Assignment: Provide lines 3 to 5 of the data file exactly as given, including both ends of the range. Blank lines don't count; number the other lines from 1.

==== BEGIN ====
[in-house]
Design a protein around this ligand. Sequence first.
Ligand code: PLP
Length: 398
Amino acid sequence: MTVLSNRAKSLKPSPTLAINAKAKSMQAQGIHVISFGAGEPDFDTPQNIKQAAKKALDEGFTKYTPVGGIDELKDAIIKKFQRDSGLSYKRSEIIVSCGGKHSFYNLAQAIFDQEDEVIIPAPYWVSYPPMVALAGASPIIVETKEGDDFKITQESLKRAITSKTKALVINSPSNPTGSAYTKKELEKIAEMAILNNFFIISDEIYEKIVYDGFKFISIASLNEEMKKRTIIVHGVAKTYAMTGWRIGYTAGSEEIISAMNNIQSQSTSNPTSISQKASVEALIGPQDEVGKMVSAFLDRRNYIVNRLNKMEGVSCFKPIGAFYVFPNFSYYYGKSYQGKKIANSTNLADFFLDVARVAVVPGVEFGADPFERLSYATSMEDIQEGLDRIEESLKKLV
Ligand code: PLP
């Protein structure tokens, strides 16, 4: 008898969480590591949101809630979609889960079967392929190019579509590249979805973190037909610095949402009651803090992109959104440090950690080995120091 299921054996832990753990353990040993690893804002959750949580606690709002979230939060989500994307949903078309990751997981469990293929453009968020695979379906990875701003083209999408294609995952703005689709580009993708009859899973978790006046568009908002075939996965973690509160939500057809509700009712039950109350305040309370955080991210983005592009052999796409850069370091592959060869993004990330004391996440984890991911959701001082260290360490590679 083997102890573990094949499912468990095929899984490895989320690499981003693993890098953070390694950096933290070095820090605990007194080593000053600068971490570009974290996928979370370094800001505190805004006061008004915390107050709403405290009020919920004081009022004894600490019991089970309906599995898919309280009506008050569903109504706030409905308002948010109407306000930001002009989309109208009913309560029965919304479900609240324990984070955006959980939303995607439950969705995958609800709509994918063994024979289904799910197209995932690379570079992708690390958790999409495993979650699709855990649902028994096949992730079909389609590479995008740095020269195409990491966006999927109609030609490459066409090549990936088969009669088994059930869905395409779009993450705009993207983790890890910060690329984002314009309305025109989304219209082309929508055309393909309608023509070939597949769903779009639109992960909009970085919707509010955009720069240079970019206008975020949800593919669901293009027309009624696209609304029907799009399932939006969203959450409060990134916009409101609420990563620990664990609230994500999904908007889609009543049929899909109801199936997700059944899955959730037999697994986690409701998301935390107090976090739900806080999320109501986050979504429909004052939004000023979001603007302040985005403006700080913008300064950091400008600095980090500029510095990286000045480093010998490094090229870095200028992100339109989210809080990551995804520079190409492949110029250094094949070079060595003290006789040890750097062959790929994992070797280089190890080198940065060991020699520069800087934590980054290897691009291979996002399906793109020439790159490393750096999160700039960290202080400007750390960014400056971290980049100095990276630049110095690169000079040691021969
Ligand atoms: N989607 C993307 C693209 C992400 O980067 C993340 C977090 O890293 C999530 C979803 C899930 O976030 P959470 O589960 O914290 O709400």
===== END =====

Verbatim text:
Ligand code: PLP
Length: 398
Amino acid sequence: MTVLSNRAKSLKPSPTLAINAKAKSMQAQGIHVISFGAGEPDFDTPQNIKQAAKKALDEGFTKYTPVGGIDELKDAIIKKFQRDSGLSYKRSEIIVSCGGKHSFYNLAQAIFDQEDEVIIPAPYWVSYPPMVALAGASPIIVETKEGDDFKITQESLKRAITSKTKALVINSPSNPTGSAYTKKELEKIAEMAILNNFFIISDEIYEKIVYDGFKFISIASLNEEMKKRTIIVHGVAKTYAMTGWRIGYTAGSEEIISAMNNIQSQSTSNPTSISQKASVEALIGPQDEVGKMVSAFLDRRNYIVNRLNKMEGVSCFKPIGAFYVFPNFSYYYGKSYQGKKIANSTNLADFFLDVARVAVVPGVEFGADPFERLSYATSMEDIQEGLDRIEESLKKLV